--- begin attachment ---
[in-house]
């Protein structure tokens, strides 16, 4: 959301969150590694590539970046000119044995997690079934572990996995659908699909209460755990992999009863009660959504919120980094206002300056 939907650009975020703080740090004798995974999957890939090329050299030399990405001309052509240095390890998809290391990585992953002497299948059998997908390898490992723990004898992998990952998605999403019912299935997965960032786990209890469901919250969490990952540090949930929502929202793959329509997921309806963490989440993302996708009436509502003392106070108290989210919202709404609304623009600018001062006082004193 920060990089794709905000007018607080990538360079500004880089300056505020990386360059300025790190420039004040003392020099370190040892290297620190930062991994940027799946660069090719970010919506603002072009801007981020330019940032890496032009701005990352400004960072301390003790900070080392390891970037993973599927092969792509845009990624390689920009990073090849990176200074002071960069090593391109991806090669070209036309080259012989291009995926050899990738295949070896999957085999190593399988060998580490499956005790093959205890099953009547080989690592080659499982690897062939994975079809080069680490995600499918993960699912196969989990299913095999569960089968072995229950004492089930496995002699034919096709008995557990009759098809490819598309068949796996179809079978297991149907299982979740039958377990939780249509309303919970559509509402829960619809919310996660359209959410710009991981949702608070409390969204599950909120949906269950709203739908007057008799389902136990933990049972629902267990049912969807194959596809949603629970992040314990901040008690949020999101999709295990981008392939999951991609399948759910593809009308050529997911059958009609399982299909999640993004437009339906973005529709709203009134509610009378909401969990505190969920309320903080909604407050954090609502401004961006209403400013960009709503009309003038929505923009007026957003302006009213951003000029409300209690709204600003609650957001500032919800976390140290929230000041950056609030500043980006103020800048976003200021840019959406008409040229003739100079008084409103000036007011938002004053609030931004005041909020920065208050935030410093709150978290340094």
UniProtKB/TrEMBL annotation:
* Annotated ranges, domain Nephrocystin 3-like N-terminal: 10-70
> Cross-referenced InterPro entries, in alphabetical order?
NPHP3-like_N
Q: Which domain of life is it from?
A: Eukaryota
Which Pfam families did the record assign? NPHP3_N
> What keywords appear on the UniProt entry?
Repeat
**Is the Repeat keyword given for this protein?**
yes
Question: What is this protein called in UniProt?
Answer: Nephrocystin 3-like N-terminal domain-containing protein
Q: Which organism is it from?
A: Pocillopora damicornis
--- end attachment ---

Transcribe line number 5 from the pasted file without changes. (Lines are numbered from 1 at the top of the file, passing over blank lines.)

> Cross-referenced InterPro entries, in alphabetical order?